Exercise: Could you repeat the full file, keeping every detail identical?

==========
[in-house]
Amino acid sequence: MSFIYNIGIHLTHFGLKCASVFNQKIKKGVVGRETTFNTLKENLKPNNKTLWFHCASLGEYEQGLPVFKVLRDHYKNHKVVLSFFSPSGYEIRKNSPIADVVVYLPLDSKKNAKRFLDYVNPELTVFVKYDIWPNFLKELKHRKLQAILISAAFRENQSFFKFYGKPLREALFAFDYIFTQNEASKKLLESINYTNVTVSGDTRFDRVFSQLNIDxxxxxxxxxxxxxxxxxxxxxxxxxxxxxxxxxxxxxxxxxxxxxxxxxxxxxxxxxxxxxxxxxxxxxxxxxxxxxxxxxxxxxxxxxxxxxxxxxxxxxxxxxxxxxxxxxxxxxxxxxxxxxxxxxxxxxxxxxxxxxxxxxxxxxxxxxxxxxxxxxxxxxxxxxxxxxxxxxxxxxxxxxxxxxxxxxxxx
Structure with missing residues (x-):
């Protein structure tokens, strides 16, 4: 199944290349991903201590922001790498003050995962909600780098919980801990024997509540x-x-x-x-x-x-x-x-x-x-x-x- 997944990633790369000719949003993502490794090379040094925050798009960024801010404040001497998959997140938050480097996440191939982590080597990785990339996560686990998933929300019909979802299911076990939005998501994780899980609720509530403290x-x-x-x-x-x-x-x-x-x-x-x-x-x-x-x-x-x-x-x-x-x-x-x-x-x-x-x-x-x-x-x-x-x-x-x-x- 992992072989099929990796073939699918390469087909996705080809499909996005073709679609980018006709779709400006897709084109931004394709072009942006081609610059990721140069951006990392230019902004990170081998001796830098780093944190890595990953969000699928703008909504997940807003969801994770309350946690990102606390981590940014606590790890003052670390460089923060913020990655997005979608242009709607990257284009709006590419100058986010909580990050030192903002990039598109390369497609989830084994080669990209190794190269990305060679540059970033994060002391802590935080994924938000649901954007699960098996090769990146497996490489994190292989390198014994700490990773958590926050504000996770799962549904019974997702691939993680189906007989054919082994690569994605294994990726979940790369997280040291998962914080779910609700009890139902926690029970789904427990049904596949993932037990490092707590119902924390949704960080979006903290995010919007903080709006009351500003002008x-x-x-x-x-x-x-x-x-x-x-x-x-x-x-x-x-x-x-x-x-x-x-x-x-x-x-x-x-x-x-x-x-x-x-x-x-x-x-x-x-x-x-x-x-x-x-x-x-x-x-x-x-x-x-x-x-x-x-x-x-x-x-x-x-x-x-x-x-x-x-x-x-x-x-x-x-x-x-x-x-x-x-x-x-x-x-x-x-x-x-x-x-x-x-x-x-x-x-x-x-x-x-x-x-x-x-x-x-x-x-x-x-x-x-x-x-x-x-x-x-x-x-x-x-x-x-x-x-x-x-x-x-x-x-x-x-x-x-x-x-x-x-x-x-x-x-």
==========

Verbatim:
[in-house]
Amino acid sequence: MSFIYNIGIHLTHFGLKCASVFNQKIKKGVVGRETTFNTLKENLKPNNKTLWFHCASLGEYEQGLPVFKVLRDHYKNHKVVLSFFSPSGYEIRKNSPIADVVVYLPLDSKKNAKRFLDYVNPELTVFVKYDIWPNFLKELKHRKLQAILISAAFRENQSFFKFYGKPLREALFAFDYIFTQNEASKKLLESINYTNVTVSGDTRFDRVFSQLNIDxxxxxxxxxxxxxxxxxxxxxxxxxxxxxxxxxxxxxxxxxxxxxxxxxxxxxxxxxxxxxxxxxxxxxxxxxxxxxxxxxxxxxxxxxxxxxxxxxxxxxxxxxxxxxxxxxxxxxxxxxxxxxxxxxxxxxxxxxxxxxxxxxxxxxxxxxxxxxxxxxxxxxxxxxxxxxxxxxxxxxxxxxxxxxxxxxxxx
Structure with missing residues (x-):
């Protein structure tokens, strides 16, 4: 199944290349991903201590922001790498003050995962909600780098919980801990024997509540x-x-x-x-x-x-x-x-x-x-x-x- 997944990633790369000719949003993502490794090379040094925050798009960024801010404040001497998959997140938050480097996440191939982590080597990785990339996560686990998933929300019909979802299911076990939005998501994780899980609720509530403290x-x-x-x-x-x-x-x-x-x-x-x-x-x-x-x-x-x-x-x-x-x-x-x-x-x-x-x-x-x-x-x-x-x-x-x-x- 992992072989099929990796073939699918390469087909996705080809499909996005073709679609980018006709779709400006897709084109931004394709072009942006081609610059990721140069951006990392230019902004990170081998001796830098780093944190890595990953969000699928703008909504997940807003969801994770309350946690990102606390981590940014606590790890003052670390460089923060913020990655997005979608242009709607990257284009709006590419100058986010909580990050030192903002990039598109390369497609989830084994080669990209190794190269990305060679540059970033994060002391802590935080994924938000649901954007699960098996090769990146497996490489994190292989390198014994700490990773958590926050504000996770799962549904019974997702691939993680189906007989054919082994690569994605294994990726979940790369997280040291998962914080779910609700009890139902926690029970789904427990049904596949993932037990490092707590119902924390949704960080979006903290995010919007903080709006009351500003002008x-x-x-x-x-x-x-x-x-x-x-x-x-x-x-x-x-x-x-x-x-x-x-x-x-x-x-x-x-x-x-x-x-x-x-x-x-x-x-x-x-x-x-x-x-x-x-x-x-x-x-x-x-x-x-x-x-x-x-x-x-x-x-x-x-x-x-x-x-x-x-x-x-x-x-x-x-x-x-x-x-x-x-x-x-x-x-x-x-x-x-x-x-x-x-x-x-x-x-x-x-x-x-x-x-x-x-x-x-x-x-x-x-x-x-x-x-x-x-x-x-x-x-x-x-x-x-x-x-x-x-x-x-x-x-x-x-x-x-x-x-x-x-x-x-x-x-």